Day 61 & 62
We had a super relaxed day. Emily and I did some shopping, Jordy played Pokemon and Mum and dad sorted out tickets to Pamukkale and then to Marmaris so we can catch the ferry to Rhodes. I took Emily to the hamman where she also bought a towel and now is well and truly one of the gang.
We also had a really funny experience when dad got a haircut. Emily, mum and I walked in halfway through and soon after he was getting his ear hair and nose hair trimmed! It got more bizarre though! The barber lit a flame and waved it around dads ears really closely and singed off what he had missed! Then the other barber gave us all massages because he had nothing to do. As a true Turk he pulled at the lemon hand sanitizer and used that as the massage oil on our faces, hands and neck which was just a little overpowering (to put it nicely!).
The next morning We caught a bus to Pumakkale, only three or so hours from Antalya
We didn’t have any troubles until we stopped at Denizli where the bus finished and we were stuck because the bikes wouldn’t fit on a dolmuş. It was almost looking like we’d have to hop back on another coach and head straight to Marmaris until one friendly man found somewhere we could stash the bikes.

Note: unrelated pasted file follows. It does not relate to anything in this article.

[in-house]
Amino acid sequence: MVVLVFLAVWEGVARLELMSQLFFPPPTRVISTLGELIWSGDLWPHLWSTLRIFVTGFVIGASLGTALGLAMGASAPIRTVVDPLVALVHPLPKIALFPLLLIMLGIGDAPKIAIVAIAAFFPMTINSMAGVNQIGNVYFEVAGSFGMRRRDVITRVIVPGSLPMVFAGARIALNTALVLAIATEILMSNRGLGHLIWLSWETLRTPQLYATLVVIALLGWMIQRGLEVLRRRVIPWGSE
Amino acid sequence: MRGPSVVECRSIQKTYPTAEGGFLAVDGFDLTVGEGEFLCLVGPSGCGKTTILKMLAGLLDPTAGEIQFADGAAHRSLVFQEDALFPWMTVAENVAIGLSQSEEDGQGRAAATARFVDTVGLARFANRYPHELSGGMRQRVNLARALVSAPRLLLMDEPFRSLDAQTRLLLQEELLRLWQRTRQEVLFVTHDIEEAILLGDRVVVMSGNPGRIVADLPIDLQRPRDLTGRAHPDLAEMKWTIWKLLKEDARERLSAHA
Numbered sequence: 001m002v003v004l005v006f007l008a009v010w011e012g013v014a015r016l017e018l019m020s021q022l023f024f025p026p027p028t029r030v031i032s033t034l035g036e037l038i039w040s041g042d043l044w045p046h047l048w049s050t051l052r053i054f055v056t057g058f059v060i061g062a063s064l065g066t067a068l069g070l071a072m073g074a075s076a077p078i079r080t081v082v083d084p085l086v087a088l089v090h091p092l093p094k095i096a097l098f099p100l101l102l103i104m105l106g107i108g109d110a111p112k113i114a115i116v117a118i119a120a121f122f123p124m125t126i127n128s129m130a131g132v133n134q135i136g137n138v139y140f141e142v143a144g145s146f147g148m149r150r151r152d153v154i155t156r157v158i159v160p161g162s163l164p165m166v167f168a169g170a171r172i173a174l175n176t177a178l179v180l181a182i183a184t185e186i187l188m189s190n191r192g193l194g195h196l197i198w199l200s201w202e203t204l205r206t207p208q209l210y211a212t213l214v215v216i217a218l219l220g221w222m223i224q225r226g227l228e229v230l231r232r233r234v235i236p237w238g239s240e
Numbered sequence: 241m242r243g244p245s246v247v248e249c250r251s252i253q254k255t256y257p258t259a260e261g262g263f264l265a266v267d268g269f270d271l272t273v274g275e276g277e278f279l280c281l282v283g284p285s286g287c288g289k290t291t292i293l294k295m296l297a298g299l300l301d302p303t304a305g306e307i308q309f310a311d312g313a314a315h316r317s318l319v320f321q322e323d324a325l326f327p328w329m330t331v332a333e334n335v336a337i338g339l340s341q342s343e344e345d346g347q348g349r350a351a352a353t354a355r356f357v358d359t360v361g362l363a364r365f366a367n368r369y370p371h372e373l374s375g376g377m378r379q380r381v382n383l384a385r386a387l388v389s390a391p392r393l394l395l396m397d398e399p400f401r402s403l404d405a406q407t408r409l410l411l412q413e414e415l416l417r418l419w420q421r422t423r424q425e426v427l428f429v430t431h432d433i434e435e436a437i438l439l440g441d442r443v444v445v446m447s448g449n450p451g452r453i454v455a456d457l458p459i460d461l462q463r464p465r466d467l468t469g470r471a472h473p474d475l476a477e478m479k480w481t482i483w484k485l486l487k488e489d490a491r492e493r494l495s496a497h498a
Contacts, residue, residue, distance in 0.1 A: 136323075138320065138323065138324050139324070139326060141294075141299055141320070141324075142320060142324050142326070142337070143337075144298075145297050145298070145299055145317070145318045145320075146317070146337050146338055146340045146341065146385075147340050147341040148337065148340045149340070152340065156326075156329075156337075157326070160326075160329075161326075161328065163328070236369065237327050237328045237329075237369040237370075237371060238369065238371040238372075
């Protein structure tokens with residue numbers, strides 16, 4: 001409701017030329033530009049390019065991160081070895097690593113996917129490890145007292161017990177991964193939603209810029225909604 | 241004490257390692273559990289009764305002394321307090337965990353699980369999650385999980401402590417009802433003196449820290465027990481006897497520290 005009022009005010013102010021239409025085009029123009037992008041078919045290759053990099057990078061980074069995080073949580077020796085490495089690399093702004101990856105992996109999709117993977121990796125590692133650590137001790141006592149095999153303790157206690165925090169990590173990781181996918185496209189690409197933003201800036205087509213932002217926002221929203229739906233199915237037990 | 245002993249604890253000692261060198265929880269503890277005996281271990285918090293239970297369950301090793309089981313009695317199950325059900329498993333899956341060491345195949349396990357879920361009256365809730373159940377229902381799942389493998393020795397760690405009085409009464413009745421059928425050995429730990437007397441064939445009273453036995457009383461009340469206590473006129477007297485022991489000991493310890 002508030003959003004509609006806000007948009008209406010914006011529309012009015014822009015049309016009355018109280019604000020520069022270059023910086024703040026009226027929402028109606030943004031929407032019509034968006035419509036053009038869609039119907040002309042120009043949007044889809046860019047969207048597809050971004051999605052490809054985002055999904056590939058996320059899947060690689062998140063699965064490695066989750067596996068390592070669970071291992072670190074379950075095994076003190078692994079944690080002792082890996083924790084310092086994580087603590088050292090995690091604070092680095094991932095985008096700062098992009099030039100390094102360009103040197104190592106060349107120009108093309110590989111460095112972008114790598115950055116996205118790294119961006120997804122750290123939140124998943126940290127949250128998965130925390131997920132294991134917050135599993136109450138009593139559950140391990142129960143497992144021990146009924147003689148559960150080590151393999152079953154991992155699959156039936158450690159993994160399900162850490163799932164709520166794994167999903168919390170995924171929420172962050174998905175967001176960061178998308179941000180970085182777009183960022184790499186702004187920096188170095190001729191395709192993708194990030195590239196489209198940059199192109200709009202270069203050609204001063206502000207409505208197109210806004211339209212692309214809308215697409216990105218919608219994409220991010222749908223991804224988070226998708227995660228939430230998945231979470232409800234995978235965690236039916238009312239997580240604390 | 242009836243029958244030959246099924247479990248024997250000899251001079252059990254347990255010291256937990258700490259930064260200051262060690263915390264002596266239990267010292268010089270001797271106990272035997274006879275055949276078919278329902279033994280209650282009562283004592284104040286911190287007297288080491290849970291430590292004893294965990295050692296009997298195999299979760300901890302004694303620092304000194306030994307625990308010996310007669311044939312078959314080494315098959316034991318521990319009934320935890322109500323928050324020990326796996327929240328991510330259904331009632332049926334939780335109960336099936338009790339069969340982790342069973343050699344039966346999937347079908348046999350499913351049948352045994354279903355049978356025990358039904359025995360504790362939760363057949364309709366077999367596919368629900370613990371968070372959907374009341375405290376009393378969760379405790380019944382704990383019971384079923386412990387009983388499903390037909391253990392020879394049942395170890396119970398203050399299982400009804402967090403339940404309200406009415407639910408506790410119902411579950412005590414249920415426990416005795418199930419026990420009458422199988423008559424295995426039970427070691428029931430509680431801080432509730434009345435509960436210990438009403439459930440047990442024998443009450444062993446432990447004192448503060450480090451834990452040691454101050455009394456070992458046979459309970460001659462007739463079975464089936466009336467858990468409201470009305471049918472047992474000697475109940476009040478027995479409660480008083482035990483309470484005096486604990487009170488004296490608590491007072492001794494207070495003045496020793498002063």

At Pamukkale we had a pension booked (the son of the owner was on the bus from Antalya) and had a friendly man squash us all into his little Astra and give us a lift.
The family that owned the place were great and the grandfather drove us up to the ruins of Heiropolis that were great. The necropolis and the amphitheatre were the stand outs.
What we were most looking forward to was the travertines and they didn’t disappoint. Turquoise water cascading hills that looks like they were covered in snow was stunning its just a shame our photos didn’t work too well with the setting sun behind us.
Our very last cycling day in Turkey today!
We had another ripper breakfast and then got straight into it with a 10km steep climb out of Çirali.
The scenery as great along the ride but so much traffic! Weirdly enough there were also so many people on road motorbikes that we haven’t seen before here just hooning along and being obnoxious (one gave us the bird as they rode past!). There were also heaps of roadworks which sucked but it was still pleasant riding until lunch time.